Skip to
  1. Homepage
  2. Rare diseases
  3. Search
Simple search

Simple search

(*) mandatory field


Other search option(s)

Hyperinsulinism due to glucokinase deficiency

Synonym(s) Hyperinsulinemic hypoglycemia due to glucokinase deficiency
Prevalence -
Inheritance Autosomal dominant
Age of onset -
  • E16.1
MeSH -
MedDRA -


Disease definition

Hyperinsulism due to glucokinase deficiency (HIGCK) is a form of diazoxide-sensitive diffuse hyperinsulinism (see this term), caused by a lowered threshold for insulin release, characterized by an excessive/ uncontrolled insulin secretion (inappropriate for the level of glycemia) and recurrent episodes of profound hypoglycemia induced by fasting and protein rich meals, requiring rapid and intensive treatment to prevent neurological sequelae.


Prevalence for congenital isolated hyperinsulinism (CHI, see this term) is estimated at 1/50,000 live births. GCK alterations are noted in 1.2% of patients with non-syndromic CHI.

Clinical description

Clinical picture is similar to that described in CHI with mild manifestations leading to a delay in diagnosis until adulthood. A notable clinical feature is the remarkable stability of their hypoglycemia consistent with a resetting of the threshold for insulin release. The clinical spectrum can range from mild and intermediate cases that respond well to dietary modifications and medical management with diazoxide to severe cases that are unresponsive to diazoxide necessitating near-total pancreatectomy. The potential development of type 2 diabetes with age is another notable feature Neurological sequelae due to rapidly falling glucose levels are rare.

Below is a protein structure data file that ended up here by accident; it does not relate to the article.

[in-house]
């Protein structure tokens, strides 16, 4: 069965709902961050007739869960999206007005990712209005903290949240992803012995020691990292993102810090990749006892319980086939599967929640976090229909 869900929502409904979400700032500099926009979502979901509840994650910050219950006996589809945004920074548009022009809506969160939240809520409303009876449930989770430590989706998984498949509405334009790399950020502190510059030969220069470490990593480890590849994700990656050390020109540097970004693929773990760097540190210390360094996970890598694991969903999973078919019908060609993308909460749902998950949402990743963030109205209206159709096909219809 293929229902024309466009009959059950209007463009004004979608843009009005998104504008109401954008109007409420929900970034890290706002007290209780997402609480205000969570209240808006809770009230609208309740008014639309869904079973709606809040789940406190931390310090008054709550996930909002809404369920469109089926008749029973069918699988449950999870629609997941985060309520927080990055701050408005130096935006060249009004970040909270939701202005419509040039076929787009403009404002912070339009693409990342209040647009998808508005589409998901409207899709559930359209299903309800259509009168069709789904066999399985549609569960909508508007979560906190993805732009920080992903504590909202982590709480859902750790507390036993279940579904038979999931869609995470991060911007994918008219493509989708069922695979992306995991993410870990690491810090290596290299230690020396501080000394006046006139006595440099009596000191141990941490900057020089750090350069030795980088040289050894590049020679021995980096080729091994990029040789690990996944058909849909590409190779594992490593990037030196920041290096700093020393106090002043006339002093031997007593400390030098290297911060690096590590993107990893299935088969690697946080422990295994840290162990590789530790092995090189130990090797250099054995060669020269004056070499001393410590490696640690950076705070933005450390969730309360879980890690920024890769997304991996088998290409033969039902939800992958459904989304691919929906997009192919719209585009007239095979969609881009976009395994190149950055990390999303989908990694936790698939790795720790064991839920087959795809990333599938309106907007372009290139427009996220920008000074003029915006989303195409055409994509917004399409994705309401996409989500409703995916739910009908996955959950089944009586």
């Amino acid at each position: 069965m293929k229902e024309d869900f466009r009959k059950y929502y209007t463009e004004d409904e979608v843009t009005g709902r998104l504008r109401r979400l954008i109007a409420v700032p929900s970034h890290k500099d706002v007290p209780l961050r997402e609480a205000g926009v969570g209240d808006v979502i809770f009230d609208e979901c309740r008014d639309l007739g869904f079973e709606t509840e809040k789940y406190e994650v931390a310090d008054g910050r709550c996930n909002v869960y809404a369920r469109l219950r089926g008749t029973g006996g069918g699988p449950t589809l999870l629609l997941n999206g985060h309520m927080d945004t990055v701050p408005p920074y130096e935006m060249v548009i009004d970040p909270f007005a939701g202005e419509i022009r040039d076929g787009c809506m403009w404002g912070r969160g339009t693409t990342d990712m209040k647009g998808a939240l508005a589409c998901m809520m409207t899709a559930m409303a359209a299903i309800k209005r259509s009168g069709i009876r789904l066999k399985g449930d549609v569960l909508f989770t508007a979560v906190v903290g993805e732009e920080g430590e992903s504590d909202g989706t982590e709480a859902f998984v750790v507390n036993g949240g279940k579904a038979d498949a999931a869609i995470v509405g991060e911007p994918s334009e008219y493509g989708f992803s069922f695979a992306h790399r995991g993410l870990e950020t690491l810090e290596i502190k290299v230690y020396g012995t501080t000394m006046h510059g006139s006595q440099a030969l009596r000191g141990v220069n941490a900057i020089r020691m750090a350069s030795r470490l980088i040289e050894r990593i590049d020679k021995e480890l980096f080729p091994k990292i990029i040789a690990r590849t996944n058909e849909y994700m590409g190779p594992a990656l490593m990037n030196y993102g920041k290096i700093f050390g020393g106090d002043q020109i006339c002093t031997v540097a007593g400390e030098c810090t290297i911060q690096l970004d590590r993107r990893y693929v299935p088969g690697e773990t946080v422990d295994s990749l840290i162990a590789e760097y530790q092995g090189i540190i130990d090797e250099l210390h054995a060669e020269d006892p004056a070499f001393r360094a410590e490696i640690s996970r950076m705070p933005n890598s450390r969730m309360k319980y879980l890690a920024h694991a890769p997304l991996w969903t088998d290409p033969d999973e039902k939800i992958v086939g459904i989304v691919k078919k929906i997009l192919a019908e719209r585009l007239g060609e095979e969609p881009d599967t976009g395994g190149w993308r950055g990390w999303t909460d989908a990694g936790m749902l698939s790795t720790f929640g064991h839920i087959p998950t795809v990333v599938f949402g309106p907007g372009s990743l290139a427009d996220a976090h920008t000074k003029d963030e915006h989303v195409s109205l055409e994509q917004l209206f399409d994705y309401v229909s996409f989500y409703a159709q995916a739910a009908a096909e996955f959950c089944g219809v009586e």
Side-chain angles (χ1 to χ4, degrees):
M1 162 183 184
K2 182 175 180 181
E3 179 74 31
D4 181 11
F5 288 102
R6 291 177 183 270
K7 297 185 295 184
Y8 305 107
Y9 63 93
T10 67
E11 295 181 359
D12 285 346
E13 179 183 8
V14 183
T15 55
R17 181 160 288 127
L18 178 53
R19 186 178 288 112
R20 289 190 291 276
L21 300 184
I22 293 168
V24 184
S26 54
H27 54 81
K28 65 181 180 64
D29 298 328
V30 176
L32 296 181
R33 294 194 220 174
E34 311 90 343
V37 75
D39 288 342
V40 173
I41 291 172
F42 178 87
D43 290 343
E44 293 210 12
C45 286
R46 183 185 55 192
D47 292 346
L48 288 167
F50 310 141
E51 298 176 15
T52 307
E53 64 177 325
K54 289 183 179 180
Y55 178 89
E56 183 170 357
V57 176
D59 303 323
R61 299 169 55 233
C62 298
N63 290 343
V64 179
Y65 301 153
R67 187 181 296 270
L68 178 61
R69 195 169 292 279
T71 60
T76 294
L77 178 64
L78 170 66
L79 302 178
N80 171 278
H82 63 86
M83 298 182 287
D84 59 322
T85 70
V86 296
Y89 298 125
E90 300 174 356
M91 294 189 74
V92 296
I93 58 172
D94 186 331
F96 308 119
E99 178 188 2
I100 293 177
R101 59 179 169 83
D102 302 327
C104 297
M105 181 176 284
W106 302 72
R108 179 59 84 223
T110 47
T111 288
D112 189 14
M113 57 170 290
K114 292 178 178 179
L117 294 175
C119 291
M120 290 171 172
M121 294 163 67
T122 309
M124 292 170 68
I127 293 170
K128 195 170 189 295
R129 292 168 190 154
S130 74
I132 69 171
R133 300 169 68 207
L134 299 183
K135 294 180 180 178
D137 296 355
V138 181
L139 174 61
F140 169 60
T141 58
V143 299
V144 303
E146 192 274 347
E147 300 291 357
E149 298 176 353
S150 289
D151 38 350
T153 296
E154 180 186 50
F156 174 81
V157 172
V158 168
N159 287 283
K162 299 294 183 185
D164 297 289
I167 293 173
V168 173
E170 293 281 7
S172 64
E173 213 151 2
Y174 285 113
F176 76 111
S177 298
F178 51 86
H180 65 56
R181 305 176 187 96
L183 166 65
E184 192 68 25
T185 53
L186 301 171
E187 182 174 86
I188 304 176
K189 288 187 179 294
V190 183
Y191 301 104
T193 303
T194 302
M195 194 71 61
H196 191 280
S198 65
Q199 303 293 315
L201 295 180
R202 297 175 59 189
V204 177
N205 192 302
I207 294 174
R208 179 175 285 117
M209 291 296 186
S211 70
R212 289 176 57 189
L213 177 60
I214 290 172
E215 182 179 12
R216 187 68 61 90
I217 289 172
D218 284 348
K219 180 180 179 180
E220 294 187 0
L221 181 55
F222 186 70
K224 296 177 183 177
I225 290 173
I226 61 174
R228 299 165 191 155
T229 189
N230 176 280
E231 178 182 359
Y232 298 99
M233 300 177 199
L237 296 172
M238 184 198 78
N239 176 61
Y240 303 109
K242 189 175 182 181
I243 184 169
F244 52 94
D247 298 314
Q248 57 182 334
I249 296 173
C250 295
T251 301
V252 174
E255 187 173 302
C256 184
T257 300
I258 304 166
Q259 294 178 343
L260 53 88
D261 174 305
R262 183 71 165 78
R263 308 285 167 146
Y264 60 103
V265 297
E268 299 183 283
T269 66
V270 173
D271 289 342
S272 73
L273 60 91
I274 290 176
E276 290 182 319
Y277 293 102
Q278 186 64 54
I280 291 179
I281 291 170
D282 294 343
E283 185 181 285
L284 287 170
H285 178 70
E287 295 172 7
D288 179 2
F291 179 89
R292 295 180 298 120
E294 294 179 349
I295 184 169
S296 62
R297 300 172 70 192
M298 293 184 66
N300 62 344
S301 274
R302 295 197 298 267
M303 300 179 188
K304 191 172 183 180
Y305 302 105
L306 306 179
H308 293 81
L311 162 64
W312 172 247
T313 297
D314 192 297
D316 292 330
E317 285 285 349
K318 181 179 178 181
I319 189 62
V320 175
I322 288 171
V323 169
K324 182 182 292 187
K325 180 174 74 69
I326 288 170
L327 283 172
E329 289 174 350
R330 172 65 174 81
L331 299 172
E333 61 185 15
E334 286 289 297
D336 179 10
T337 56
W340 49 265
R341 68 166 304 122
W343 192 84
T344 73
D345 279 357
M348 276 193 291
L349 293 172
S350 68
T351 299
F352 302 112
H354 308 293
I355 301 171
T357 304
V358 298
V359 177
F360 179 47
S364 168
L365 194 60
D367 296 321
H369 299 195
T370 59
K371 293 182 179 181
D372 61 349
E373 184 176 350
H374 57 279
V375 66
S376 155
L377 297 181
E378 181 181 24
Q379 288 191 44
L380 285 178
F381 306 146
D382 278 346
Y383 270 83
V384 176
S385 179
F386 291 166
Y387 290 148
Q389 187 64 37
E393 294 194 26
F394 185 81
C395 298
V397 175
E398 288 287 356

Activating mutations of GCK (7p15.3-p15.1) that encodes glucokinase have been identified to cause HIGCK. Glucokinase has been described as the glucose sensor of pancreatic beta-cells. These mutations localize to an allosteric activator site and increase the protein's affinity to glucose and its efficacy in ATP-dependent phosphorylation of glucose, causing resetting of the threshold for insulin release at a value lower than normal. Recently, a somatic activating mutation in GCK has been proposed as a cause of a novel form of diazoxide-responsive focal CHI. Inactivating mutations GCK have been identified in cases of maturity onset diabetes of the young 2 (MODY 2, see this term).

Genetic counseling

Most activating mutations of genes GCK identified to date are dominant. De novo mutations have also been reported.

Expert reviewer(s)

  • Pr Pascale DE LONLAY

(*) Required fields.

Attention: Only comments seeking to improve the quality and accuracy of information on the Orphanet website are accepted. For all other comments, please send your remarks via contact us. Only comments written in English can be processed.

Captcha image

Detailed information

Review article
Get Acrobat Reader
The documents contained in this web site are presented for information purposes only. The material is in no way intended to replace professional medical care by a qualified specialist and should not be used as a basis for diagnosis or treatment.